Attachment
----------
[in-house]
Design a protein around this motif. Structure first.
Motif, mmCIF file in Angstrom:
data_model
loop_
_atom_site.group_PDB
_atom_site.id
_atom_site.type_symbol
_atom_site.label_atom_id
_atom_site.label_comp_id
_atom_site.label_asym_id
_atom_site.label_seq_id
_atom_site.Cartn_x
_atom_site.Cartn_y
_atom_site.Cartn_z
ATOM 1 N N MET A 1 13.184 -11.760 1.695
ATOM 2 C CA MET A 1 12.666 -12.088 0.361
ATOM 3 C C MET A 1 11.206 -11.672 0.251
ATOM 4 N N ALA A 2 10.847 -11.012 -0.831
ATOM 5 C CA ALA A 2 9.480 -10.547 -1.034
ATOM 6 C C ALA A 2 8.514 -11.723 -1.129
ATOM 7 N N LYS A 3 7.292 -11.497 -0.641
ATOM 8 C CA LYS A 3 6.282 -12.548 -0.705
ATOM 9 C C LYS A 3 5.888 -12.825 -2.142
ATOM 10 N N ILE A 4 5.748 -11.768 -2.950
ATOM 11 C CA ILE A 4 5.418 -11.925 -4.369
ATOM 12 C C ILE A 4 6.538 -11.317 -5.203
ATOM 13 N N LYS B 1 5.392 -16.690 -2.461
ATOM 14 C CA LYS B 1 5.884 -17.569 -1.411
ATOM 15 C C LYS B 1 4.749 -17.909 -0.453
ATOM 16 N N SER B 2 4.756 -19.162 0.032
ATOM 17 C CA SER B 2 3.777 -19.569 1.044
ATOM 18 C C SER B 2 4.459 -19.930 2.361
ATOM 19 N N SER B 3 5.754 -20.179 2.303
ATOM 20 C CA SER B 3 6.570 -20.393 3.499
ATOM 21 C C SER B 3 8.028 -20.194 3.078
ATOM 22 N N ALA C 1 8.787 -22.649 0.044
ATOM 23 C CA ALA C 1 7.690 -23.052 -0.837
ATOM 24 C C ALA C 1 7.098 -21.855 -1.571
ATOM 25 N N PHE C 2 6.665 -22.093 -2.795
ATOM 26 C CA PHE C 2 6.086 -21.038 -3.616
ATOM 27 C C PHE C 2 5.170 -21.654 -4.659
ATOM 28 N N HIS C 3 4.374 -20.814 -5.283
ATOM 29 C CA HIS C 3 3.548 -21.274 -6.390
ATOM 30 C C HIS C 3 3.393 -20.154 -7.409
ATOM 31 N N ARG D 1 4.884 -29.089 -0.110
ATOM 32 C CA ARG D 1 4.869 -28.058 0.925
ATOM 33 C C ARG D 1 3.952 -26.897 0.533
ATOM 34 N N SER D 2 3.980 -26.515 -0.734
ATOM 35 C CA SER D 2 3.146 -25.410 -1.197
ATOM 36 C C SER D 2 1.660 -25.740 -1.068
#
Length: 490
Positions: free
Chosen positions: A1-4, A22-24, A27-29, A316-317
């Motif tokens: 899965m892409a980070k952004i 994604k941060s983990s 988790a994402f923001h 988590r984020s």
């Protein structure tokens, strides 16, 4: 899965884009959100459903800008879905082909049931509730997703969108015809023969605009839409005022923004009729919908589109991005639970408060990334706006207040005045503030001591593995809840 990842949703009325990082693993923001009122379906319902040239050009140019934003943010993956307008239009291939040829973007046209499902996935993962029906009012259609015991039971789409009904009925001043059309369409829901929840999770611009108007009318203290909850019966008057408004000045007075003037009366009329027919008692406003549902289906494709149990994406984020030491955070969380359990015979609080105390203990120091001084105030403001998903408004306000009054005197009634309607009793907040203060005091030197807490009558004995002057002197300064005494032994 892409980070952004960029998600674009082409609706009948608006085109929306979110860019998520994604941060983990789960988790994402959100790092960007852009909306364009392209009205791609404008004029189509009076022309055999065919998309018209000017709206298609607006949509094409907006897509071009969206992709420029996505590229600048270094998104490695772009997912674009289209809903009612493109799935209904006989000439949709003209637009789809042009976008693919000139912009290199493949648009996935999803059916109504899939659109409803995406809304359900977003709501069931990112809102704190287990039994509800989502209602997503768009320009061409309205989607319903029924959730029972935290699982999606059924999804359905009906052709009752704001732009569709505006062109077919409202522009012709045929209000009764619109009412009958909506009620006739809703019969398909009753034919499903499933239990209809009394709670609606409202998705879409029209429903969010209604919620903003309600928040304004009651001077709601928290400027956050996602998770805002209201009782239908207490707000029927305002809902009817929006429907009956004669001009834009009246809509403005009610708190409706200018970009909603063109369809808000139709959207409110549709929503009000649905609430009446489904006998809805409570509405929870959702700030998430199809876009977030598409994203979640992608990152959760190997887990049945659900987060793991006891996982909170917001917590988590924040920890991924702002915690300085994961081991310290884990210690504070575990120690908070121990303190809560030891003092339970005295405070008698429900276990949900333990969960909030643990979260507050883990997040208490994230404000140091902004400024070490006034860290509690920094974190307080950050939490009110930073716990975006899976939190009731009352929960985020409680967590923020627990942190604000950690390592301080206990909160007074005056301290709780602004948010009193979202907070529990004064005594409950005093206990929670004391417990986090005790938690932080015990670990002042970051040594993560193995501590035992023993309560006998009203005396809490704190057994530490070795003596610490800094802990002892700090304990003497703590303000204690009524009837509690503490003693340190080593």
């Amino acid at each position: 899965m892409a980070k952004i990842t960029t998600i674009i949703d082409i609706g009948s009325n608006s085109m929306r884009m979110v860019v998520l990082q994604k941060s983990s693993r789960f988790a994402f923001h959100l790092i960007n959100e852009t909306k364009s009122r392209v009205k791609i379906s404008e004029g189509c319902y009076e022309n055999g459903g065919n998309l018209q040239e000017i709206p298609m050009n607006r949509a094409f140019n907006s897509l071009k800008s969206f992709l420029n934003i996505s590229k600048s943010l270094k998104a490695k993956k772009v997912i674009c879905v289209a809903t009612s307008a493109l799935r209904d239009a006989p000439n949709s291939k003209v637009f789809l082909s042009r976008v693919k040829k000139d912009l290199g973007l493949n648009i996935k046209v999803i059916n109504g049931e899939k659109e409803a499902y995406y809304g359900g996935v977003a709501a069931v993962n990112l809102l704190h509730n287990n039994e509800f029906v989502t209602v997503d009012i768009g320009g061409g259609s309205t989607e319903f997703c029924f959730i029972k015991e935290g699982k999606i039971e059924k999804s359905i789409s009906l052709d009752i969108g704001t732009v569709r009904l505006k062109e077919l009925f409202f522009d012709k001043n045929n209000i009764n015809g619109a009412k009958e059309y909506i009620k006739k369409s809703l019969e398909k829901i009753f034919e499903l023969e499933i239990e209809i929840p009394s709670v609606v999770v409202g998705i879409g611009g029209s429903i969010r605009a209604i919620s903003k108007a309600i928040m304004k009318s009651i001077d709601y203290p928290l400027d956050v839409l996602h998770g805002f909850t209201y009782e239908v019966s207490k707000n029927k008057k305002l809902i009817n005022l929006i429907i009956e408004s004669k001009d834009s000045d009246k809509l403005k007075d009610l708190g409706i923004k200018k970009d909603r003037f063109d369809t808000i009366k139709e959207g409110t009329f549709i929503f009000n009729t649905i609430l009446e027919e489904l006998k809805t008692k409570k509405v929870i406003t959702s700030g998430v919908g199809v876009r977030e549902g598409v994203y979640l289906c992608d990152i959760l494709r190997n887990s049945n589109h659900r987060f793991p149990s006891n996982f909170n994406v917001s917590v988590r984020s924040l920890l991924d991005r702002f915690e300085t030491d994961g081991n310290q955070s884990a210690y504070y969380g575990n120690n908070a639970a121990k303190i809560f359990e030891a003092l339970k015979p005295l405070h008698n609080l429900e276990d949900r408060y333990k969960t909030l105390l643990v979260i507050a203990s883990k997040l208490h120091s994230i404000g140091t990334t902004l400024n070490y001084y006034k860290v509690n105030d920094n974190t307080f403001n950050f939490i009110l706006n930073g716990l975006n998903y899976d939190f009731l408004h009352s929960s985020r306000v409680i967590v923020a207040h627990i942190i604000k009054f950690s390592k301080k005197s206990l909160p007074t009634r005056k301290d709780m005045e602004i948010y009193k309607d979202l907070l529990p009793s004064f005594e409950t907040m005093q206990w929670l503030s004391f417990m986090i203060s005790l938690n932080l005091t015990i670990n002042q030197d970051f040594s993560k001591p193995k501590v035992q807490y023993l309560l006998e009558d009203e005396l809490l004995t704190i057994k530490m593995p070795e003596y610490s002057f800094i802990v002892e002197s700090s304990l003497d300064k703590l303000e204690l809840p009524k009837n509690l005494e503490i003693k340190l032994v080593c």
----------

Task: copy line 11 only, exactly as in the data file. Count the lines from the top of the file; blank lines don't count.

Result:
_atom_site.label_asym_id